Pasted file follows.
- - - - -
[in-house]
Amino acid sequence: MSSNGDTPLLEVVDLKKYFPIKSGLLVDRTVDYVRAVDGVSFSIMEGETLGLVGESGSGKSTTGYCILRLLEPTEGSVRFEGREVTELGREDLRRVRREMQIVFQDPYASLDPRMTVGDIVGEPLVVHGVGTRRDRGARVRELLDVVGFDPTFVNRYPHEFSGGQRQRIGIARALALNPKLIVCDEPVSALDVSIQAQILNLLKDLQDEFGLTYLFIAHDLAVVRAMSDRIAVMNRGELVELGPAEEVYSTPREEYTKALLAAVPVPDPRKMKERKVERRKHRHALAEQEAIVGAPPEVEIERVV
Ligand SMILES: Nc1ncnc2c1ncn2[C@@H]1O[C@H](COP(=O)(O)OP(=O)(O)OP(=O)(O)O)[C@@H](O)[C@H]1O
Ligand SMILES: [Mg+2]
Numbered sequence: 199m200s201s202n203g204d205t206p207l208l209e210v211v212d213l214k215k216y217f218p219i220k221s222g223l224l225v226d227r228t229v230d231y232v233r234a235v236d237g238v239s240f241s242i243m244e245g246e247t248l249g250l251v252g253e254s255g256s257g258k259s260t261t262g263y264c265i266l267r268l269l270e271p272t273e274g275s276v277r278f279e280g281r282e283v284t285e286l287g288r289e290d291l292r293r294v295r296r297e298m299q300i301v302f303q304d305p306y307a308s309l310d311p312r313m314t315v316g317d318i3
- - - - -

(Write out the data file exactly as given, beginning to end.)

[in-house]
Amino acid sequence: MSSNGDTPLLEVVDLKKYFPIKSGLLVDRTVDYVRAVDGVSFSIMEGETLGLVGESGSGKSTTGYCILRLLEPTEGSVRFEGREVTELGREDLRRVRREMQIVFQDPYASLDPRMTVGDIVGEPLVVHGVGTRRDRGARVRELLDVVGFDPTFVNRYPHEFSGGQRQRIGIARALALNPKLIVCDEPVSALDVSIQAQILNLLKDLQDEFGLTYLFIAHDLAVVRAMSDRIAVMNRGELVELGPAEEVYSTPREEYTKALLAAVPVPDPRKMKERKVERRKHRHALAEQEAIVGAPPEVEIERVV
Ligand SMILES: Nc1ncnc2c1ncn2[C@@H]1O[C@H](COP(=O)(O)OP(=O)(O)OP(=O)(O)O)[C@@H](O)[C@H]1O
Ligand SMILES: [Mg+2]
Numbered sequence: 199m200s201s202n203g204d205t206p207l208l209e210v211v212d213l214k215k216y217f218p219i220k221s222g223l224l225v226d227r228t229v230d231y232v233r234a235v236d237g238v239s240f241s242i243m244e245g246e247t248l249g250l251v252g253e254s255g256s257g258k259s260t261t262g263y264c265i266l267r268l269l270e271p272t273e274g275s276v277r278f279e280g281r282e283v284t285e286l287g288r289e290d291l292r293r294v295r296r297e298m299q300i301v302f303q304d305p306y307a308s309l310d311p312r313m314t315v316g317d318i3